Between The Lines is a sporadic feature on Pop! Goes The Reader in which authors and other industry professionals provide further insight into the writing and publishing process, whether it be in the form of interviews, guest posts, etc. So, sit back, relax, and enjoy as we read between the lines.
It’s long been a goal of mine to use Pop! Goes The Reader as a platform to highlight some of the truly wonderful literature being written and published in Canada, and I’m so pleased that this interview with Canadian author Vicki Grant will allow me the opportunity to do just that. More specifically, today we’ll be talking a little about a fantastic new series, Secrets, brought to readers by Orca Book Publishers. Secrets is a series of seven interconnected stories published concurrently by seven different authors – Kelley Armstrong, Vicki Grant, Marthe Jocelyn, Kathy Kacer, Norah McClintock, Teresa Toten and Eric Walters. In it, readers are able to follow the lives of seven girls, each of whom was once a resident of the Benevolent Home For Necessitous Girls before a unexpected fire and the home’s destruction threatens everything they once knew and held dear. While each girl subsequently follows a very different path, they all have one thing in common: Each are desperate to discover the truth about their origins and will stop at nothing to do so.
One of the reasons this series is so exciting – and important – is because of the diversity of perspective and experience it provides. A Big Dose of Lucky by Marthe Jocelyn features a mixed race heroine who teams up with an aboriginal boy in order to uncover the secrets of her past. Stones On A Grave by Kathy Kacer features a Jewish heroine who travels to Germany on a quest to explore her heritage and discover the truth about her parentage. My Life Before Me by Norah McClintock features a heroine who is a passionate, aspiring journalist thrust into a maelstrom of racial tension, conspiracy and corruption as the novel delves into the civil rights movement in Orrenstown, Indiana. This is merely a small sampling of the rich wealth of diverse content this series provides. Today, Vicki Grant, author of Small Bones, another instalment in the series, has graciously agreed to sit down with me to answer some of my questions about her novel, her writing process, and this endlessly fascinating new series.
To learn more about the Secrets series, please visit www.http://readthesecrets.com!
About Vicki Grant
Vicki Grant was born in Halifax, Nova Scotia. She studied at the Nova Scotia College of Art and Design (now NSCAD University), Dalhousie University, and Laval University. After graduation, Grant worked as an advertising copywriter in Toronto until the mid-1990s when she began writing for children’s television. For the CBC, she created “Scoop & Doozie”, a comedy series for pre-schoolers. Grant lives in Halifax.
1. Small Bones is one instalment in a seven book series of interconnected stories, each penned by a different author and published simultaneously. How did you become involved in this project?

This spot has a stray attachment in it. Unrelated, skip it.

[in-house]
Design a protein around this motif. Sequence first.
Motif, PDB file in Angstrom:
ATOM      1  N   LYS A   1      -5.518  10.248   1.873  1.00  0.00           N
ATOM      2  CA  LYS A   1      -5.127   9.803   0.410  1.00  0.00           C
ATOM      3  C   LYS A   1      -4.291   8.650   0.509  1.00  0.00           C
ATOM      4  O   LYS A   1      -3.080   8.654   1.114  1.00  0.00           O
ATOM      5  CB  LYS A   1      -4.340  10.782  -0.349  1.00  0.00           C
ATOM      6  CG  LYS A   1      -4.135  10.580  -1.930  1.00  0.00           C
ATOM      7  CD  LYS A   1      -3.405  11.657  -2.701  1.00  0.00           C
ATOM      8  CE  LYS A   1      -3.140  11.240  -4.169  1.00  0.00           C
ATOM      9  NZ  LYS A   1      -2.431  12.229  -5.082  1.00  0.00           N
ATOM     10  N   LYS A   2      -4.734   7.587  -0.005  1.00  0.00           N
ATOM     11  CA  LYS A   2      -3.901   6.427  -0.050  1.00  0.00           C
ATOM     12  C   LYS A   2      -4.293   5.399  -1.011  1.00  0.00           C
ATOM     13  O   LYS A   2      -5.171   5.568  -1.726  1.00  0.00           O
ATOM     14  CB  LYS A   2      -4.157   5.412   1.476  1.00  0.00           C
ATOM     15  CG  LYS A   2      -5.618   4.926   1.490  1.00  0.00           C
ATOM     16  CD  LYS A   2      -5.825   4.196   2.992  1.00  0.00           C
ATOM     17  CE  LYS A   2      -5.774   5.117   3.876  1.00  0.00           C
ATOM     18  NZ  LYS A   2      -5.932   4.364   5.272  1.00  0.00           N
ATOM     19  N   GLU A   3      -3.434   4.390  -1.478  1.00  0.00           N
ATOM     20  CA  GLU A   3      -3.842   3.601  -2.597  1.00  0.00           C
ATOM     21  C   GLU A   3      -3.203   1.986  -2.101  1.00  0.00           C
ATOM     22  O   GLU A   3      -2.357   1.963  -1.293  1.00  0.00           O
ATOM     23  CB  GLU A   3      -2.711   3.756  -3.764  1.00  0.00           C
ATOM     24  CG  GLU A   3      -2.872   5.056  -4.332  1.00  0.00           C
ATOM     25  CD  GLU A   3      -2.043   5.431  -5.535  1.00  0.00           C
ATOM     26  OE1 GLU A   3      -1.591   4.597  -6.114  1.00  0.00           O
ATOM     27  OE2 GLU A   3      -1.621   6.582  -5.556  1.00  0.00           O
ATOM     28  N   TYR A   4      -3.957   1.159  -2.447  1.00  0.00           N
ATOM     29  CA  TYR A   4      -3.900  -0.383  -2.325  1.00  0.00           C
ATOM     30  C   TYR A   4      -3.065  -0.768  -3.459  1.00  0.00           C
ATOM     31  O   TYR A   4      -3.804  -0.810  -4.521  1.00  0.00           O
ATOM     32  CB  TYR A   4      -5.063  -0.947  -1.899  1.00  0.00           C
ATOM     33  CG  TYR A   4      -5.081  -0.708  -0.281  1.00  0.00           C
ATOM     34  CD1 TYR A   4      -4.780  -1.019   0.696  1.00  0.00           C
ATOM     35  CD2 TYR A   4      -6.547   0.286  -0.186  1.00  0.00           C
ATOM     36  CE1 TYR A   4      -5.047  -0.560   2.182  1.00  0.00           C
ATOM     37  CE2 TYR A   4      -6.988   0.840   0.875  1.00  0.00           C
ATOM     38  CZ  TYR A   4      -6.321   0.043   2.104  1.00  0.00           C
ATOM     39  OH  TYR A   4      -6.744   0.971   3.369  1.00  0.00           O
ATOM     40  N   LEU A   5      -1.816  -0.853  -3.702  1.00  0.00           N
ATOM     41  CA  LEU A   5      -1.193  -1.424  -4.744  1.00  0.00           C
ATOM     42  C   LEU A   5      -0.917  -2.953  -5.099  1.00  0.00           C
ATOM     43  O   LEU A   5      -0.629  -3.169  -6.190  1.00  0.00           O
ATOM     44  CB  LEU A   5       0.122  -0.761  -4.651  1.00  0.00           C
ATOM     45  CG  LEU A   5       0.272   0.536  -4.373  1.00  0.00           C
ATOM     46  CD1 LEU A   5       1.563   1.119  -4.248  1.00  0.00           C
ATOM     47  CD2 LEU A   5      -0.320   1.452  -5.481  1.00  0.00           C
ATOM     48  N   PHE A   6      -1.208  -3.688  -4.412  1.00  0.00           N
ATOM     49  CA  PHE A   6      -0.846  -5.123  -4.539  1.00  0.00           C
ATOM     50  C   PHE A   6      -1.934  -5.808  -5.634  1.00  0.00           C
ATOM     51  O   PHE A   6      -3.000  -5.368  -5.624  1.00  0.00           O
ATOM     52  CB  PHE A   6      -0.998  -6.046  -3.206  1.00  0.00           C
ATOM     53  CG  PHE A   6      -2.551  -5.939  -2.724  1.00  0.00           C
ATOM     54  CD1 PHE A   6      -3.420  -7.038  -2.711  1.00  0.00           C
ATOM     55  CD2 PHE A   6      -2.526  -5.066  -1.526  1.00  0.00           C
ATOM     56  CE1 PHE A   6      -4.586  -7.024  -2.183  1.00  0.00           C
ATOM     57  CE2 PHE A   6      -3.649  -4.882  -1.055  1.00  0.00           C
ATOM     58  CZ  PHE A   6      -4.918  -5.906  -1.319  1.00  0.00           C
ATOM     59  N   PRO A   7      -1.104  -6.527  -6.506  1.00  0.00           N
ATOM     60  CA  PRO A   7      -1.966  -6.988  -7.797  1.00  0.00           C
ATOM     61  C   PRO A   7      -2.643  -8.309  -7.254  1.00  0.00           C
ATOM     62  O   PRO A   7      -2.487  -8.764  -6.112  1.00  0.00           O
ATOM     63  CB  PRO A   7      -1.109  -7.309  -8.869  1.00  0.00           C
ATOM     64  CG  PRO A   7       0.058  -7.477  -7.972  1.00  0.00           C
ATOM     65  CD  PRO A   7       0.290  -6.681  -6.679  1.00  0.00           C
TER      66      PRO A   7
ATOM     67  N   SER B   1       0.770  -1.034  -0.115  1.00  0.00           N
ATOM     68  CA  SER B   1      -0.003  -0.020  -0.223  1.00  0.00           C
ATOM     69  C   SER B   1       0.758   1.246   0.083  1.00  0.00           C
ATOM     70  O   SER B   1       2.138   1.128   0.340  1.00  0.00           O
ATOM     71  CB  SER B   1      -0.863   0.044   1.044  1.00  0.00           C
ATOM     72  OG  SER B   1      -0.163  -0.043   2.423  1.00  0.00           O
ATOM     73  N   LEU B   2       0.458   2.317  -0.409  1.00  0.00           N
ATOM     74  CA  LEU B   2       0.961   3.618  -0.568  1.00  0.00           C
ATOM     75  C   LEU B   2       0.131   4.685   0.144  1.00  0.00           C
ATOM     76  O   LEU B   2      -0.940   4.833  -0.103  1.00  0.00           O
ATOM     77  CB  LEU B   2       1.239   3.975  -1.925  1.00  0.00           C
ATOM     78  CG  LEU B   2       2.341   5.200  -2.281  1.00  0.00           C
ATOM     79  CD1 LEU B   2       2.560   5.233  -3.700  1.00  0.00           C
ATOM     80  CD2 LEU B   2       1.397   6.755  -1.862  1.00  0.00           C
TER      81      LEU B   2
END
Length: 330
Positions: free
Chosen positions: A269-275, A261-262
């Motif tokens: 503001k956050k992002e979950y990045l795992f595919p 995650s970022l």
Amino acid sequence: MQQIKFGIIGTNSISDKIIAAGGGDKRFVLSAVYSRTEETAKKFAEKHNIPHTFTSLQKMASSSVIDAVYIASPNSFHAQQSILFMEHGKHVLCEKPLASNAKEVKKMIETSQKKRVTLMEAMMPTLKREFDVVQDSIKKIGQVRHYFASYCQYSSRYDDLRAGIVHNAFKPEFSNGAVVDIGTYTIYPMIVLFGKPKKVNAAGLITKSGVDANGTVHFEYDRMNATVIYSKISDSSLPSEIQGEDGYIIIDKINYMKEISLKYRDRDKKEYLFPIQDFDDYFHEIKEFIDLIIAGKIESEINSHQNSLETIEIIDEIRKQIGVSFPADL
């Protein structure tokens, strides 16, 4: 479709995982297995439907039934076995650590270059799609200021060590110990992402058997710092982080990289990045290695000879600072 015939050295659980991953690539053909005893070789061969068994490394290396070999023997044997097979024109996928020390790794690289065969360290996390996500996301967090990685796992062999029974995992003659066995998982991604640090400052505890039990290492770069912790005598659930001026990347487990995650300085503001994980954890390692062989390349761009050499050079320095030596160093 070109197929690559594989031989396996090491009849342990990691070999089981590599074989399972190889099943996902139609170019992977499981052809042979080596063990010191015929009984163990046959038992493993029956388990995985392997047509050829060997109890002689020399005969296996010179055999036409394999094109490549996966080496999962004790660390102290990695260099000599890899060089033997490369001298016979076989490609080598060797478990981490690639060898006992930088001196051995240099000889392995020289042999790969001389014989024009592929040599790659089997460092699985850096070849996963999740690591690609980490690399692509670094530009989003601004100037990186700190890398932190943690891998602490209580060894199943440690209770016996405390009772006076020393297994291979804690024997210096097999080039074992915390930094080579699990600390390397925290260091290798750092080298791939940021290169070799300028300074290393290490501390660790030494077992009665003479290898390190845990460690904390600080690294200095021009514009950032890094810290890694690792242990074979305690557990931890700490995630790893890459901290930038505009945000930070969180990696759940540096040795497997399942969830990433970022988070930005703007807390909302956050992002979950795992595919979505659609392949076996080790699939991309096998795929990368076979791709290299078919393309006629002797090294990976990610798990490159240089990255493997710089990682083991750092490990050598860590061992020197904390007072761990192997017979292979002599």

The exact details are lost in the mists of time but, as I recall, Eric Walters phoned me. He didn’t make it through his introductory sentence before I’d said yes. I knew immediately that Secrets would be a hit and that I wanted to be a part of it.
2. You’ve published over ten novels throughout your career thus far. How did the creation of Small Bones compare or differ from your past experiences?
I’m not usually terrified when I sit down to write. This time, the whole early writing period felt a bit like those classic anxiety dreams in which you find yourself about to go on stage with Beyonce and you realize A) you can’t sing and B) you’ve forgot to put on pants. I was painfully aware of just how good the other authors were. I took two 15,000-word runs at a first draft of Small Bones. The process was agony. The writing was terrible. The deadline was coming. I had to get a grip. I hit delete and started all over again. I did my best not to focus on the masterpieces everybody else was no doubt penning and just got on with my own story.
3. Over the course of Small Bones, the protagonist, Dot, is on a quest to discover more about her background and origins. In the spirit of this series and #SecretsRevealed, what’s one secret of your own that you can share with us today?
I’ll give you three.
One) I hate watermelon. I don’t know why but people find this shocking. It’s like saying you hate bunnies, or babies or the smell of fresh bread. Apparently, everybody loves watermelon. Well, everybody clearly didn’t take long, hot, family drives with a brother who got spectacularly carsick. To this day I react to watermelon the way most people react to decomposing body parts.
Two) I’m kind of a hermit. This probably comes as a surprise to people who’ve actually met me. I seem quite social. I’m not shy. When provoked, I can talk a person’s ear off. Still, I’m never happier than when holed up in our tiny cottage on the ocean beyond the reach of the internet. I walk the beach, I garden a bit, I eat too much and I read and read and read and read.
Three) I feel obliged to own up to the fact that even though I read a lot, I’m not a – I don’t know – good reader. If I don’t like a book, I stop. I have no choice. I can’t bring myself to slog through a book that doesn’t interest me. I used to feel guilty about it but don’t any more. Too many books I want to read to waste time on the books I don’t want to read.
4. Small Bones often challenges pre-conceived notions of what the 1960’s were thought to be like, giving greater depth to the time period. What’s one fact or piece of information you uncovered during the research process for this novel that you found surprising or interesting?